Liked by 1 person

    • August 26, 2019 at 11:35 pm

      Ooh I LOVE it when my posts make people wince! My job is done. I can go and lie down now 😂

      Don’t worry about the clearout. Rome wasn’t sacked in a day, after all – er, hang on…


  8. August 27, 2019 at 2:41 am

    A few years ago, my wife and I downsized and I had to purge. I should have done that before. I piled in books that I never really liked and it was a good experience to donate them. Now that I’m in a smaller space, I’m very selective of what books go into my library, but I find them anyway. I think I’ll need more space soon.

    Liked by 1 person

    • August 27, 2019 at 7:49 am

      Where there’s a wall, there’s a bookshelf, Stanley. That’s what I like to say 😉


  9. August 27, 2019 at 5:47 pm

    I’ve never really understood the reluctance to get rid of books. There are those I love that I wouldn’t want to part with, but even those I’d usually be happy to pass on to someone I know would also love them. I rarely re-read books. And usually if I’m needing to read one to give a review or for a book club, I’d rather have it on my e-reader so I don’t have another book collecting dust. I love to read, but dusting I could do without. I won’t claim I only have 30 books in my home, or even in a pile beside my bed, but I could be down with some decluttering.

    Liked by 1 person

    • August 28, 2019 at 8:42 am

      So true, Sarah. At the same time, though, we really need someone to invent a properly effective and simultaneously labour-saving book duster, and then every possible vertical space is game, as far as I’m concerned.

      Liked by 1 person

  10. September 1, 2019 at 8:33 am

    I have books shoved in places where no good book should go [under the sink?] simply because I find it very hard to throw them out. Your post has inspired me. And if I don’t throw them out, perhaps I could at least make merry with the hot glue gun and turn them into furniture items of some description.

    Liked by 1 person

    • September 2, 2019 at 10:37 pm

      Ooh I like it, Scarlet. I’m thinking a nice standard lamp, or a chaise longue? Or if you’re interested, I have detailed drawings somewhere of a boot scraper made from 14th century epics…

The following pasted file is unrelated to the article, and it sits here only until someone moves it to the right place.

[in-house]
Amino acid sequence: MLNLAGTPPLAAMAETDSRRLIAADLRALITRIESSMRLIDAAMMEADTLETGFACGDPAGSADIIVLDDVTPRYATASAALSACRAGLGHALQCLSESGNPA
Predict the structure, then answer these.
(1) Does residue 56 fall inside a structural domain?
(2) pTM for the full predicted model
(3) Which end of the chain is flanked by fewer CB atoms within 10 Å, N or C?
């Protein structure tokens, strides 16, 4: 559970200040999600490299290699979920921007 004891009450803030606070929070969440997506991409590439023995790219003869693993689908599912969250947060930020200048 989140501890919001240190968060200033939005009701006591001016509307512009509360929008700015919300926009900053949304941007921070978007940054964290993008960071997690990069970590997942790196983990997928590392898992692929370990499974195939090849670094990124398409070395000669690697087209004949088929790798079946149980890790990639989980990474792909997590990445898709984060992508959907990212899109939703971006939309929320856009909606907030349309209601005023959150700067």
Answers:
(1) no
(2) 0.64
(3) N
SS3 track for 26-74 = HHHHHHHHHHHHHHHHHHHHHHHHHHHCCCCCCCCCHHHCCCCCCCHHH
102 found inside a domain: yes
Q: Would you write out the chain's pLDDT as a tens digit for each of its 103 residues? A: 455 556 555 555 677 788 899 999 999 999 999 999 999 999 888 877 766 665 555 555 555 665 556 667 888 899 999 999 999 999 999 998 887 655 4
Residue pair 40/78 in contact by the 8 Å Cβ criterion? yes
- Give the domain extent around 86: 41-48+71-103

Liked by 1 person

  11. September 10, 2019 at 10:52 pm

    I have oceans of books, like you said some, okay many, I have bought at book launches or at literary festivals after listening to the author being interviewed, that I would normally not buy. But with all these books all over the house, in every room there’s a bookcase full, my son asked me to pick my five most favouite, most precious books out of all the bookcases. I asked why? Because Mum when you die, I shall keep those five the rest are being got rid of. So now I am not so bad at hoarding books, I pass them on, well the odd one.

    Liked by 1 person

    • September 15, 2019 at 10:49 pm

      Forgive the delay but I only just noticed I hadn’t replied, Mary! I don’t know about you, but my favourite books can change with the season. I hope you have years of findinng many more favourite books to keep and then not keep before anyone’s thinking of keeping them on your behalf…


  12. September 22, 2019 at 9:40 pm

    Hmmm, hmmm, hmmm… There are two rooms in our house that are not full of books, the rest – bedrooms, reception rooms, cellar, kitchen and a bathroom – all have walls of books. We recently made a stupendous effort to reduce and handed over some French erotic literature, Arthur Mee’s Children’s encyclopaedia and various volumes in between to Amnesty International. There is a bag near the back door (How to Raise & Train Pigeons?? and the worst novel I ever read etc) the last of several destined for a charity shop. The new space in the shelves wouldn’t impress Kondo. My powers of self-deception are such that I genuinely believe that I will get around to Chaim Weizmann’s autobiography, the Great Hedge of India or even The Luminaries… one day.

    Liked by 1 person

    • September 22, 2019 at 11:03 pm

      If your walls and furniture are technically made of books, I think you get a pass, Hilary. But only while you can still get through your doors…


      • September 23, 2019 at 7:20 am

        Indeed, it is otherwise a poorly insulated house. I shall plead the books as an environmental measure.

        Liked by 1 person